Sun, Jun 24, 2018 - Page 14 News List

Europe markets shrug off opening salvos in trade war


European markets rose on Friday, seemingly unworried by a global trade war that got underway when Brussels slapped retaliatory tariffs on the US.

Oil prices continued to rise after OPEC said its members agreed on an output increase of 1 million barrels per day that Saudi Arabia had put forward at a key meeting in Vienna.

European stocks were all solidly higher as markets sought to claw back some of the week’s losses seen on trade war fears.

The pan-European STOXX 600 on Friday added 4.16 points, or 1.1 percent, to close at 385.01, but slid 1.1 percent from 389.13 on June 15.

The FTSE 100 on Friday rose 125.83 points, or 1.7 percent, to 7,682.27, gaining 0.6 percent from a close of 7,633.91 a week earlier.

As EU tariffs on key US goods — including jeans, bourbon and motorcycles — went into effect, there were fears China and the US would carry through with their own threats, locking the world’s three biggest economies in a potentially destructive face-off.

The EU move was in retaliation to US President Donald Trump’s decision to hit steel and aluminum imports from the bloc as part of his “America first” protectionist policy that seeks to close big trade gaps with major world powers.

Meanwhile, Washington and Beijing have traded tit-for-tat threats on hundreds of billions of dollars of goods.

“The underlying tensions between the US and China continue to escalate, and while neither wants a trade war, the US won’t accept the ‘status quo,’ and China won’t change its industrial policy,” Rabobank Groep NV senior strategist Michael Every said.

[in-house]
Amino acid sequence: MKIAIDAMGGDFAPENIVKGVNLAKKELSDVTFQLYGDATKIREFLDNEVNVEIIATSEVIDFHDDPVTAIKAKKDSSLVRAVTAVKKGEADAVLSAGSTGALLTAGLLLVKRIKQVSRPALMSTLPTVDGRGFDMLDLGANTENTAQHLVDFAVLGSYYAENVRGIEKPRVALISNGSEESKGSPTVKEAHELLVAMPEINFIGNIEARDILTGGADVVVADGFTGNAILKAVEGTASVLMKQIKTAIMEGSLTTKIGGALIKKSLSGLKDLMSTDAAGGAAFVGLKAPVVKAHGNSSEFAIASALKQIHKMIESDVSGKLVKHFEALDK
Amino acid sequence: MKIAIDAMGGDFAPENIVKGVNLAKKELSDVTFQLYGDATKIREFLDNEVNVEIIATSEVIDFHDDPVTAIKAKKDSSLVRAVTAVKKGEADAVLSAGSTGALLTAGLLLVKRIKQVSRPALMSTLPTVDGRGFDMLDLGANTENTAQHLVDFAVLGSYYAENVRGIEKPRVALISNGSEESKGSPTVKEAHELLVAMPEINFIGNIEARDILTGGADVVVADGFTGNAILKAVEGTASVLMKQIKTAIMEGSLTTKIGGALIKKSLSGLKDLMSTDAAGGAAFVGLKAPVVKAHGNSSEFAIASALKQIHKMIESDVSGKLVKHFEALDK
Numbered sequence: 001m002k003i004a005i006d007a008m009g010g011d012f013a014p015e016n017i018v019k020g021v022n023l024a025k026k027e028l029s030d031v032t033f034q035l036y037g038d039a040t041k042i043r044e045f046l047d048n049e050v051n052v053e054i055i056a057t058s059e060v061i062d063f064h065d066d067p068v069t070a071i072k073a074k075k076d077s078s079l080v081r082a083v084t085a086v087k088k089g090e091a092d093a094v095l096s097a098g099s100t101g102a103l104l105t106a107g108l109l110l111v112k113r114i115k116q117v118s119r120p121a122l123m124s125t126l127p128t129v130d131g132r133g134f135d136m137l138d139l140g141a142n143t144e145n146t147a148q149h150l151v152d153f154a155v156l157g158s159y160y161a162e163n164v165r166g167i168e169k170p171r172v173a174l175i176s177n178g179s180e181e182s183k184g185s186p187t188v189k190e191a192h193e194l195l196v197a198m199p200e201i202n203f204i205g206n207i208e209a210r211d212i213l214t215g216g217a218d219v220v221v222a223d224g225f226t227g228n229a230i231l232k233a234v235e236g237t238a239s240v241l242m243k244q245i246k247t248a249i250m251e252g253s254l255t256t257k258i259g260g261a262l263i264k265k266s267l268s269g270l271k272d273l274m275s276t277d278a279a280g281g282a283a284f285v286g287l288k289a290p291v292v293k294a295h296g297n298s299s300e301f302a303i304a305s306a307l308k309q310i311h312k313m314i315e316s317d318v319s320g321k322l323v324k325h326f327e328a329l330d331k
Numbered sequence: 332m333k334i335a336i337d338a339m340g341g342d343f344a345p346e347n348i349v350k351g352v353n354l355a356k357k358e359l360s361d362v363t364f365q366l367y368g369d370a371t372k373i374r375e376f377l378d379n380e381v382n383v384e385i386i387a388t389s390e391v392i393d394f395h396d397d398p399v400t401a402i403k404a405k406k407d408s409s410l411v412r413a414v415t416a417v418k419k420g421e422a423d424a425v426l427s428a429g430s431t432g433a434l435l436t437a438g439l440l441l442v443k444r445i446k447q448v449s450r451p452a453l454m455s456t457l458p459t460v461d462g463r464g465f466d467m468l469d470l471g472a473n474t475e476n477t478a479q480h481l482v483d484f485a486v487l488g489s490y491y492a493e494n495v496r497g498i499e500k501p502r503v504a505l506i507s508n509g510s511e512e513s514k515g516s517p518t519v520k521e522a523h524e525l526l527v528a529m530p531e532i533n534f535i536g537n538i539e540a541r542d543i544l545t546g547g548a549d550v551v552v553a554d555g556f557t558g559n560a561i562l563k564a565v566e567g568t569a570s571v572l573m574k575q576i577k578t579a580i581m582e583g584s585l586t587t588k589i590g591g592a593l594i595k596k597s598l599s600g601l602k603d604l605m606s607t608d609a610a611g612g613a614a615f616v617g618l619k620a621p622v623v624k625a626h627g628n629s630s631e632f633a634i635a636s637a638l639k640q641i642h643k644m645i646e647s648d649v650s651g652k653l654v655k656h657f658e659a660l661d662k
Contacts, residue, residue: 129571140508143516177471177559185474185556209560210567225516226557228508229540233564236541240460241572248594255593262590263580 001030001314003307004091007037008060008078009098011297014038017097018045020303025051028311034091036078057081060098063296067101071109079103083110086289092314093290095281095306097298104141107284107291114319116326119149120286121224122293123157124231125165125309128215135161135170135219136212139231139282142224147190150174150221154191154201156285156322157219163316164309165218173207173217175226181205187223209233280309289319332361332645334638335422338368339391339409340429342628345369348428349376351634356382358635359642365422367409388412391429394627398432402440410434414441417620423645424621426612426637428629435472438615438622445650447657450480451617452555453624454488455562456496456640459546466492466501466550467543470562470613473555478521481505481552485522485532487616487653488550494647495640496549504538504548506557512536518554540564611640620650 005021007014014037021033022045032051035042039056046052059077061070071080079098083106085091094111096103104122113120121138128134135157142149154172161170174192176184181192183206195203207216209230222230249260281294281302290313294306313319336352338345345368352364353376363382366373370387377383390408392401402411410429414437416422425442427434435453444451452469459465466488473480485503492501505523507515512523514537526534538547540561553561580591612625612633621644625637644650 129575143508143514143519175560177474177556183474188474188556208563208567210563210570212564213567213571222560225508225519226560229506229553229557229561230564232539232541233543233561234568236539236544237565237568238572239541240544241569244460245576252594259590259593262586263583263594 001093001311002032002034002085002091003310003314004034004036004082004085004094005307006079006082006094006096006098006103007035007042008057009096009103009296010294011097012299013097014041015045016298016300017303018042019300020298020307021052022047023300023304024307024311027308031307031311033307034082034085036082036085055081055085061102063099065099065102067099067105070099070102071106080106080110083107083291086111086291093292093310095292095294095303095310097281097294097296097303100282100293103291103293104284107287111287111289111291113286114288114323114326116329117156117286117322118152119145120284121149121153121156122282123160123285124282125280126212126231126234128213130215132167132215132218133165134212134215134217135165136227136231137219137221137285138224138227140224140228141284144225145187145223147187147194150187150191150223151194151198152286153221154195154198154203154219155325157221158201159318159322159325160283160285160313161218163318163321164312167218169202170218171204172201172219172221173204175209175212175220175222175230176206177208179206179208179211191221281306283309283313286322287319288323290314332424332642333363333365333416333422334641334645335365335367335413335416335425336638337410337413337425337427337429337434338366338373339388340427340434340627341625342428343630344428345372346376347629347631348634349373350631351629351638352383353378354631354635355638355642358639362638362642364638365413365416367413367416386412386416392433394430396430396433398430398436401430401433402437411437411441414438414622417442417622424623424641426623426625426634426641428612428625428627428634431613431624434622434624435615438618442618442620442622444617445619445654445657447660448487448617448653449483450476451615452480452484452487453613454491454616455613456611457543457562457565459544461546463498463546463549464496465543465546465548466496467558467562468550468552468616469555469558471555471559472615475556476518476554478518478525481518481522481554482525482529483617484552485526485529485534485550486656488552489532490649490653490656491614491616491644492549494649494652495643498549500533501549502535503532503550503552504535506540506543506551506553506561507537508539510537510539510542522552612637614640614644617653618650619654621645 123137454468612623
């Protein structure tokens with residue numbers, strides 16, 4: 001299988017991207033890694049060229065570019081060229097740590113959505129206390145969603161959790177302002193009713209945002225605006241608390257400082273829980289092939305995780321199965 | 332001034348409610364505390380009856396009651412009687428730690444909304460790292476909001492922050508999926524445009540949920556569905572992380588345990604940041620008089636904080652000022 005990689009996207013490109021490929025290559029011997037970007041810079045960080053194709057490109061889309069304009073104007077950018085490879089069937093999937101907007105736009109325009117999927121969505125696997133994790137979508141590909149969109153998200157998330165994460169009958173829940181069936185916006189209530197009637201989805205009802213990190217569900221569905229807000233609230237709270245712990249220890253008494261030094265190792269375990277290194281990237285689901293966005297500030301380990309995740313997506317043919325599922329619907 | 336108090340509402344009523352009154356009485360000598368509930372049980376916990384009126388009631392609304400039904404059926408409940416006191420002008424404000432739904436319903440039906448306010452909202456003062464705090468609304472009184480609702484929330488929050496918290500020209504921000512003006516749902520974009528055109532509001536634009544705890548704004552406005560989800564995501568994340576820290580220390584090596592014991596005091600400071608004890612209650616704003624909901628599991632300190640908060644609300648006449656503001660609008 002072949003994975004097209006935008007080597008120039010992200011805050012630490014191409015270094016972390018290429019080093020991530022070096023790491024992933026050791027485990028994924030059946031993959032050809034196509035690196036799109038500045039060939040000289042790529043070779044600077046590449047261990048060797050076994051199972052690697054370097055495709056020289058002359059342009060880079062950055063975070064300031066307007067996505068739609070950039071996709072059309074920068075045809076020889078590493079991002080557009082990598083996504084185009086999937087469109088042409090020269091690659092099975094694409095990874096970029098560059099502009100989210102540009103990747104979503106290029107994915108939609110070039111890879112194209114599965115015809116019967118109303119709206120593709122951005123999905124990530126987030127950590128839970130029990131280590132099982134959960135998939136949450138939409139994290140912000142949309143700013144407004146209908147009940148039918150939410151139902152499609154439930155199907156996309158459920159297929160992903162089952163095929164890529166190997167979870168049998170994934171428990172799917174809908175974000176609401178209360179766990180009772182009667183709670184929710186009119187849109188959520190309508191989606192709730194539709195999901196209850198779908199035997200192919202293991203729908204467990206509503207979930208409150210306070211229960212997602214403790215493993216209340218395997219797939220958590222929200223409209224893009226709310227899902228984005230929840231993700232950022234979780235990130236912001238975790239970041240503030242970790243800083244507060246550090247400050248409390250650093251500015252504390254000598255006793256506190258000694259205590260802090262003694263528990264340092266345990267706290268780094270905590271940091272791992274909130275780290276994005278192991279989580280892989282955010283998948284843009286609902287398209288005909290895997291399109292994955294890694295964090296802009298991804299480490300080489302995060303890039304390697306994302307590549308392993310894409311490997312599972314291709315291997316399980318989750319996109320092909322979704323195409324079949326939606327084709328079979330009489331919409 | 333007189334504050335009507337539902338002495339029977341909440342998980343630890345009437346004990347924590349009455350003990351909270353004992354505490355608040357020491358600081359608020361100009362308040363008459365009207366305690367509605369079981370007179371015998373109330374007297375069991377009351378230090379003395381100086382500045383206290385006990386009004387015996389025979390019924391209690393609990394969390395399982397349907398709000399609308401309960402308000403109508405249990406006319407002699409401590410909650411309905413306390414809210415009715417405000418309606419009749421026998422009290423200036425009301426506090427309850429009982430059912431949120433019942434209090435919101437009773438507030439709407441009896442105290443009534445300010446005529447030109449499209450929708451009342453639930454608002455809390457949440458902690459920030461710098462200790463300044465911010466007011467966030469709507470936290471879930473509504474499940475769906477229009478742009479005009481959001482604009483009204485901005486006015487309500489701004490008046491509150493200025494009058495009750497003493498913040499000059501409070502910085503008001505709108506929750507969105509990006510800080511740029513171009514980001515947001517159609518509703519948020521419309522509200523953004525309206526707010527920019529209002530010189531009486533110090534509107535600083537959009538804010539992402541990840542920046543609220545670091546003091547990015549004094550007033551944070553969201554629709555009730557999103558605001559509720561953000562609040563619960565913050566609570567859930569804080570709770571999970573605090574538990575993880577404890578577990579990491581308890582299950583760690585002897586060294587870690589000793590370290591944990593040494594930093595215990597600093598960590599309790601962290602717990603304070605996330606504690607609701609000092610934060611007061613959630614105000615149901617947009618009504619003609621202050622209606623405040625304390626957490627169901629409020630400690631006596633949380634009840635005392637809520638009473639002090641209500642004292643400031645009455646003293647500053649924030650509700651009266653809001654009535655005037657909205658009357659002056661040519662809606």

“Hence, things are about to get worse, in all probability,” he said, warning that markets had not priced in this possibility.

“Western markets are supposed to price for those kind of things, but it seems they are increasingly doing a bad job of doing so — then intermittently remember how to,” he added.

Stock markets have endured a roller-coaster ride this week, as investors fretted over the deteriorating situation.

There have been worries a full-blown flare-up could pummel the global economy just as it is getting back on its feet after the financial crisis.

“The US-EU trade dispute, when viewed alongside the US-China trade tensions, means that we are edging closer to a full-blown global trade war,” Economist Intelligence Unit head of global forecasting John Ferguson said.

“The concern here is how Mr Trump responds — he may look to enact further tariffs or even subsidize US farmers who are likely to feel the brunt of the tariffs from US trading partners,” he said.

“Both of these moves from Mr Trump would likely lead to a further response from the EU, and this is how a trade war breaks out,” he added.

Oil, already strong early in the sessions, extended gains after OPEC members agreed on a combined increase in crude oil output of 1 million barrels per day.

“I am pleased that at the end of the day, we reconciled around the 1 million figure that we have been talking about,” Saudi Arabian Minister of Energy, Industry and Mineral Resources Khalid al-Falih said.

Additional reporting by staff writer

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